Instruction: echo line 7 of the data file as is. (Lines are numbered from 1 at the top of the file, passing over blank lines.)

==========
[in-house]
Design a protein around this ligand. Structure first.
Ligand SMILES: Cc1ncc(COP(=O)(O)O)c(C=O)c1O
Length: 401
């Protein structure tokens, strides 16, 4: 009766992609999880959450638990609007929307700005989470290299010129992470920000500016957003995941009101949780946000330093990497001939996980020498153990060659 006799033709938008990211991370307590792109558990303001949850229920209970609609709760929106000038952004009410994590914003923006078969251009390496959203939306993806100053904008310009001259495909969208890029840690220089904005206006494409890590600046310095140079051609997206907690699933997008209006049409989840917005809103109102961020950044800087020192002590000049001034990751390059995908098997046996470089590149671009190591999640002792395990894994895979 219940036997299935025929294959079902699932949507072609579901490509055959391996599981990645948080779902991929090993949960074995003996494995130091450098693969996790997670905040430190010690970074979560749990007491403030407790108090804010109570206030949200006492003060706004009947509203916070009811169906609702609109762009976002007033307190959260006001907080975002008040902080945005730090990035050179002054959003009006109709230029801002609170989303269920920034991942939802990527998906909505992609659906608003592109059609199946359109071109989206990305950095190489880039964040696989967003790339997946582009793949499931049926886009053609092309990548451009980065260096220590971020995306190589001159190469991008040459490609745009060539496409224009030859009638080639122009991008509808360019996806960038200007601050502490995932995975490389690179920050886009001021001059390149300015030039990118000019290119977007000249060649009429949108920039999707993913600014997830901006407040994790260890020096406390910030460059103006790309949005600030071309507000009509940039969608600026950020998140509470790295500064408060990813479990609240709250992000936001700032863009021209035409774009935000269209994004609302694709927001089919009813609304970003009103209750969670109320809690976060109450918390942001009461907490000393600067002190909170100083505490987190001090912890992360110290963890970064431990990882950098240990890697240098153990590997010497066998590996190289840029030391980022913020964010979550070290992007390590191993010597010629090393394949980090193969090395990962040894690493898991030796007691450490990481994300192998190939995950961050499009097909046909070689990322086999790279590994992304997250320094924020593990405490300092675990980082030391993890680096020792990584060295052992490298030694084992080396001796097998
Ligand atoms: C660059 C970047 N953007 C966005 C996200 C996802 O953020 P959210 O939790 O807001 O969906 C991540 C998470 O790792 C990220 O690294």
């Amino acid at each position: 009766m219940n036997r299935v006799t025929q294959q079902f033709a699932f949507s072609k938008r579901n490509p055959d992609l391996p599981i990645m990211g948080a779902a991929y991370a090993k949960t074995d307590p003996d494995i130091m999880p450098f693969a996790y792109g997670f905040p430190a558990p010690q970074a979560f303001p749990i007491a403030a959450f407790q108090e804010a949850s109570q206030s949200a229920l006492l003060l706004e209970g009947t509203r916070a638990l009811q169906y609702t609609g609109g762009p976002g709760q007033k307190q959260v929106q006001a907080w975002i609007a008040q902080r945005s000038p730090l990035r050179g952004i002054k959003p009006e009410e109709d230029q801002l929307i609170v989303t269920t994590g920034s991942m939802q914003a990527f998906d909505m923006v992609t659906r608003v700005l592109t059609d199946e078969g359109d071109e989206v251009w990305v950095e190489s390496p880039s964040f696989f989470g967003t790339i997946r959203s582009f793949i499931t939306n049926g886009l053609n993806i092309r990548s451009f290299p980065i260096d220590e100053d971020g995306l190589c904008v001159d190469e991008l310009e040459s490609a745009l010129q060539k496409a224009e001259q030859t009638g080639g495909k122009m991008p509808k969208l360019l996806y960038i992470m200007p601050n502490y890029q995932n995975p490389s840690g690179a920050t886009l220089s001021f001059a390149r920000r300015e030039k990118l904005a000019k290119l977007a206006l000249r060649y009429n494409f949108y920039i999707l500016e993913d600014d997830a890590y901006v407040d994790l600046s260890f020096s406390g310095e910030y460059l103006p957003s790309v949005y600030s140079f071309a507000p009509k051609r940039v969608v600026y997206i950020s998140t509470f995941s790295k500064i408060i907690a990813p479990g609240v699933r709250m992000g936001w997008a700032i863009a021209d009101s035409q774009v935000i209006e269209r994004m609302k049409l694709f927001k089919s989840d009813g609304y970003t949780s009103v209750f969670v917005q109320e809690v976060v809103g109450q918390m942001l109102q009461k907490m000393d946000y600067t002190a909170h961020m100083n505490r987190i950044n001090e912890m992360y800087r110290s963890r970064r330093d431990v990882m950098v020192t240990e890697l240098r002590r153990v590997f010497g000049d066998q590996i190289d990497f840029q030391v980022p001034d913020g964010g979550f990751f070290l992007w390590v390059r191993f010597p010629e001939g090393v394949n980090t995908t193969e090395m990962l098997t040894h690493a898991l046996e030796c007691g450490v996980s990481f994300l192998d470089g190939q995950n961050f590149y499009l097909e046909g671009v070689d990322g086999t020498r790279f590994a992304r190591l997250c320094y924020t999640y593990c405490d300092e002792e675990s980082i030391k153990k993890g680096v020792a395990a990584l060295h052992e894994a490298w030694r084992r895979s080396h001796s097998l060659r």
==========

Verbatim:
């Amino acid at each position: 009766m219940n036997r299935v006799t025929q294959q079902f033709a699932f949507s072609k938008r579901n490509p055959d992609l391996p599981i990645m990211g948080a779902a991929y991370a090993k949960t074995d307590p003996d494995i130091m999880p450098f693969a996790y792109g997670f905040p430190a558990p010690q970074a979560f303001p749990i007491a403030a959450f407790q108090e804010a949850s109570q206030s949200a229920l006492l003060l706004e209970g009947t509203r916070a638990l009811q169906y609702t609609g609109g762009p976002g709760q007033k307190q959260v929106q006001a907080w975002i609007a008040q902080r945005s000038p730090l990035r050179g952004i002054k959003p009006e009410e109709d230029q801002l929307i609170v989303t269920t994590g920034s991942m939802q914003a990527f998906d909505m923006v992609t659906r608003v700005l592109t059609d199946e078969g359109d071109e989206v251009w990305v950095e190489s390496p880039s964040f696989f989470g967003t790339i997946r959203s582009f793949i499931t939306n049926g886009l053609n993806i092309r990548s451009f290299p980065i260096d220590e100053d971020g995306l190589c904008v001159d190469e991008l310009e040459s490609a745009l010129q060539k496409a224009e001259q030859t009638g080639g495909k122009m991008p509808k969208l360019l996806y960038i992470m200007p601050n502490y890029q995932n995975p490389s840690g690179a920050t886009l220089s001021f001059a390149r920000r300015e030039k990118l904005a000019k290119l977007a206006l000249r060649y009429n494409f949108y920039i999707l500016e993913d600014d997830a890590y901006v407040d994790l600046s260890f020096s406390g310095e910030y460059l103006p957003s790309v949005y600030s140079f071309a507000p009509k051609r940039v969608v600026y997206i950020s998140t509470f995941s790295k500064i408060i907690a990813p479990g609240v699933r709250m992000g936001w997008a700032i863009a021209d009101s035409q774009v935000i209006e269209r994004m609302k049409l694709f927001k089919s989840d009813g609304y970003t949780s009103v209750f969670v917005q109320e809690v976060v809103g109450q918390m942001l109102q009461k907490m000393d946000y600067t002190a909170h961020m100083n505490r987190i950044n001090e912890m992360y800087r110290s963890r970064r330093d431990v990882m950098v020192t240990e890697l240098r002590r153990v590997f010497g000049d066998q590996i190289d990497f840029q030391v980022p001034d913020g964010g979550f990751f070290l992007w390590v390059r191993f010597p010629e001939g090393v394949n980090t995908t193969e090395m990962l098997t040894h690493a898991l046996e030796c007691g450490v996980s990481f994300l192998d470089g190939q995950n961050f590149y499009l097909e046909g671009v070689d990322g086999t020498r790279f590994a992304r190591l997250c320094y924020t999640y593990c405490d300092e002792e675990s980082i030391k153990k993890g680096v020792a395990a990584l060295h052992e894994a490298w030694r084992r895979s080396h001796s097998l060659r």